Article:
Please use this identifier to cite or link to this item: https://ahro.austin.org.au/austinjspui/handle/1/16053
Title: Polypharmacy and medication regimen complexity as factors associated with staff informant rated quality of life in residents of aged care facilities: a cross-sectional study
Austin Authors: Lalic, S;Jamsen, KM;Wimmer, BC;Tan, EC;Hilmer, SN;Robson, L;Emery, T;Bell, JS
Affiliation: Centre for Medicine Use and Safety, Faculty of Pharmacy and Pharmaceutical Sciences, Monash University, Melbourne, Australia
Pharmacy Department, Austin Health, Melbourne, Melbourne, Australia
NHMRC Cognitive Decline Partnership Centre, Hornsby Ku-ring-gai Hospital, Hornsby, NSW, Australia
Departments of Clinical Pharmacology and Aged Care, Kolling Institute of Medical Research, Sydney Medical School, Royal North Shore Hospital, The University of Sydney, Sydney, Australia
Resthaven Incorporated, Adelaide, Australia
Sansom Institute, School of Pharmacy and Medical Sciences, University of South Australia, Adelaide, Australia
Issue Date: 2-Jun-2016
Publication information: European Journal of Clinical Pharmacology 2016
Abstract: PURPOSE: The purpose of this study is to investigate the association between polypharmacy with health-related quality of life (HRQoL) and medication regimen complexity with HRQoL in residential aged care facilities (RACFs). METHODS: A cross-sectional study of 383 residents from six Australian RACFs was conducted. The primary exposures were polypharmacy (≥9 regular medications) and the validated Medication Regimen Complexity Index (MRCI). The outcome measure was staff informant rated quality of life assessed using the Quality of Life Alzheimer's disease (QoL-AD) scale. Covariates included age, sex, Charlson's comorbidity index, activities of daily living, and dementia severity. Logistic quantile regression was used to characterize the association between polypharmacy and QoL-AD (model 1) and MRCI and QoL-AD (model 2). RESULTS: The median age of the 383 residents was 88 years and 297 (78 %) residents were female. In total, 63 % of residents were exposed to polypharmacy and the median MRCI score (range) was 43.5 (4-113). After adjusting for the covariates, polypharmacy was not associated with either higher or lower QoL-AD scores (estimate -0.02; 95 % confidence interval (CI) -0.165, 0.124; p = 0.78). Similarly, after adjusting for the covariates, MRCI was not associated with either higher or lower QoL-AD scores (estimate -0.0009, 95 % CI -0.005, 0.003; p = 0.63). CONCLUSIONS: These findings suggest that polypharmacy and medication regimen complexity are not associated with staff informant rated HRQoL. Further research is needed to investigate how specific medication classes may impact change in quality of life over time.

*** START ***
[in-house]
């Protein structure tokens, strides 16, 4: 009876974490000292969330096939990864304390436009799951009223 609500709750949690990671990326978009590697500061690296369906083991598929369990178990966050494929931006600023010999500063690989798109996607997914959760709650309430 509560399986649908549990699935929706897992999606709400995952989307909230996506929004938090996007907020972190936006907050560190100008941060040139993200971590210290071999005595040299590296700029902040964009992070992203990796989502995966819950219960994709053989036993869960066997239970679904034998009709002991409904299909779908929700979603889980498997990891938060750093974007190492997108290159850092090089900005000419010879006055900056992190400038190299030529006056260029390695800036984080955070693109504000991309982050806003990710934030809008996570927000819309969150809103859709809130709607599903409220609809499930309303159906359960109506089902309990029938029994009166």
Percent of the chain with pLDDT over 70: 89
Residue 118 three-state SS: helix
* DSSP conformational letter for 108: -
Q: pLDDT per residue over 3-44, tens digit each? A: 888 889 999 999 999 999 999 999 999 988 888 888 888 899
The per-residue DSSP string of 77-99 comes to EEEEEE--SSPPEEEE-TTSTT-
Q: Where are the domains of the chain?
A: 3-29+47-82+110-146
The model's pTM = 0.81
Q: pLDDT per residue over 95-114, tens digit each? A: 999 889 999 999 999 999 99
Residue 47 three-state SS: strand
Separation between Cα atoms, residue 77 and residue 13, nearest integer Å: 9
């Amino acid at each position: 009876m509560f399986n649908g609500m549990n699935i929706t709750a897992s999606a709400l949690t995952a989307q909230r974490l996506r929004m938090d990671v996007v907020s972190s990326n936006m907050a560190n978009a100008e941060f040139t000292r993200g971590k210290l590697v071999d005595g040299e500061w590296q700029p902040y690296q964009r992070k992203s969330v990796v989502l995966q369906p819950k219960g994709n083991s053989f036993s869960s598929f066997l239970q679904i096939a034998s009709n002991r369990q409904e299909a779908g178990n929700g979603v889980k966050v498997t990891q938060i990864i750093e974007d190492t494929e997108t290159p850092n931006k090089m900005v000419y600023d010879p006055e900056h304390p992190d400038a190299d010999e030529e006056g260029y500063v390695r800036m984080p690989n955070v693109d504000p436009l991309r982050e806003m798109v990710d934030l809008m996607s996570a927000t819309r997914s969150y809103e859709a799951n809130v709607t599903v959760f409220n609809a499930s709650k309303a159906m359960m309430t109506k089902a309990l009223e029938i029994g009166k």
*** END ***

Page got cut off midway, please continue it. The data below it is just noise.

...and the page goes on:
URI: http://ahro.austin.org.au/austinjspui/handle/1/16053
DOI: 10.​1007/​s00228-016-2075-4
PubMed URL: https://pubmed.ncbi.nlm.nih.gov/27251360
Type: Journal Article
Subjects: Medication regimen complexity
Nursing homes
Polypharmacy
Quality of life
Residential aged care
Appears in Collections:Journal articles

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